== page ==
Borough library manager wins prestigious award

Gesille Dixon (l) accepts a check for $10,000 that accompanies each 2019 Sloan Public Service Award during a presentation at the Bronx Library Center on Thursday, May 23rd from Mary McCormick, president of the Fund for the City of New York.
Photo courtesy of the Fund for the City of New York

A borough library administrator has won a prestigious prize widely regarded as ‘the Nobel Prize of city government.’

The Fund for the City of New York honored Gesille Dixon of Parkchester, who has a position with the New York Public Library where she provides leadership for 35 borough branches, with the Sloan Public Service Award.

The award, which comes with a $10,000 prize, is given to just six employees every year out of a municipal workforce consisting of over 300,000 people.

Depending on the generation, the awards are sometimes called the ‘Oscars of public service’ or the ‘Nobel prize of public service,’ said Mary McCormick, president of the Fund of the City of New York.

The honor was presented to Dixon at the Bronx Library Center on Thursday, May 23 as part of a bus tour where she and five fellow winners of the award were celebrated in a place where their work is clearly visible.

Dixon, who has lived in the borough for 18 years, said that in her role, officially titled NYPL borough director of Bronx Neighborhood Networks, she is only as good as the branch managers and staff that work with her to ensure library patrons have positive and helpful experiences.

The library manager said that after immigrating from Trinidad and Tabago when she was 13-years-old, the library in her Connecticut home town became a haven and later a source of opportunity as it provided her with summer employment throughout high school and college.

“Libraries have always been gateways, it is a gateway to foreign lands, to creativity and imagination, but it is also a gateway to a better education, to job resources, to citizenship and to a very caring community,” said Dixon.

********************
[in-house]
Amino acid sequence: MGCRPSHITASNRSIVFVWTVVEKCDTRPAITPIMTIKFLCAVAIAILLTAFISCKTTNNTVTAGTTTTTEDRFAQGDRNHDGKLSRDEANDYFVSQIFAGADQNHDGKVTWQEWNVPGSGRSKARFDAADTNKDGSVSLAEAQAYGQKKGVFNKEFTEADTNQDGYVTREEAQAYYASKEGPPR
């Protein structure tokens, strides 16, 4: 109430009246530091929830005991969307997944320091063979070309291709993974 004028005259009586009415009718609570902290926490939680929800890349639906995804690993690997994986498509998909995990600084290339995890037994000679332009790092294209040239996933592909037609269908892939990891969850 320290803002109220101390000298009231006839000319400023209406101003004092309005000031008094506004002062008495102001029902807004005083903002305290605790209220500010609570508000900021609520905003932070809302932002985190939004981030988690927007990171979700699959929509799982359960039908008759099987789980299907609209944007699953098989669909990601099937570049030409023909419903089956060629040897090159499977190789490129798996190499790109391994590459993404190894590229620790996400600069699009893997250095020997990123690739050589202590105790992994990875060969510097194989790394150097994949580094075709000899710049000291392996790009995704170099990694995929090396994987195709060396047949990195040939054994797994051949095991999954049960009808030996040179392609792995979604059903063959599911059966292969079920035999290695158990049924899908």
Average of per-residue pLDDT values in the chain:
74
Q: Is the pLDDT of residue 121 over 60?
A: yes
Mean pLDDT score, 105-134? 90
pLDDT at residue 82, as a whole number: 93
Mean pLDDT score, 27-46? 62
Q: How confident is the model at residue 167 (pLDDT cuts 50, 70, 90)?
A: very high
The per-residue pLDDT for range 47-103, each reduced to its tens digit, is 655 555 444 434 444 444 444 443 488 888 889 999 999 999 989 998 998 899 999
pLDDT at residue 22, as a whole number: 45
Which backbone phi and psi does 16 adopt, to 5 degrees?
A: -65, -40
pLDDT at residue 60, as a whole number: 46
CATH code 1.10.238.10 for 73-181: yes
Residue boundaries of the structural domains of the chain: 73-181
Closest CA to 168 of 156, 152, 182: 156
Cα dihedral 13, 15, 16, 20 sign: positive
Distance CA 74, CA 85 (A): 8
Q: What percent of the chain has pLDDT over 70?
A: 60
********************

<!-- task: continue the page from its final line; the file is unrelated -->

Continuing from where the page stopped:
Dixon said that libraries serve a critical role as community centers and gathering places, adding that today they are about much more than collections of books.

They are places where a patron on a job search can explore whether or not they want to pursue a new career free of charge by exploring a particular line of work, for example, or get information about assistance they may need with housing while their children participate in educational programing, she said.

She began her career in the Woodstock branch in the south Bronx and feel in love with the vibrancy of the borough, she said.

Dixon who initially pursued a career in the medical field before discovering it wasn’t for her, took a cut in salary and went back to school to become a librarian, always recalling her first visit to an American library where she was in awe of the collections of books and the wealth of available information.

Dixon, like all winners of the Sloan Public Service Awards, which are now in their 46th year, was thoroughly vetted.

After passing initial phases of investigation, each award recipient had a report commissioned about the work they do that included interviews with colleagues and subordinates before coming to selection panel of people outside of the core organization of The Fund For the City of New York, said McCormick.

“We don’t put anyone before the outside selection panel if we don’t think they would be an honor to the award,” said McCormick.

Dixon, who is a breast cancer survivor, said that she understands a branch manager who won the award several years ago nominated her.

Reach Reporter Patrick Rocchio at (718) 260–4597. E-mail him at Follow him on Twitter @patrickfrocchio.

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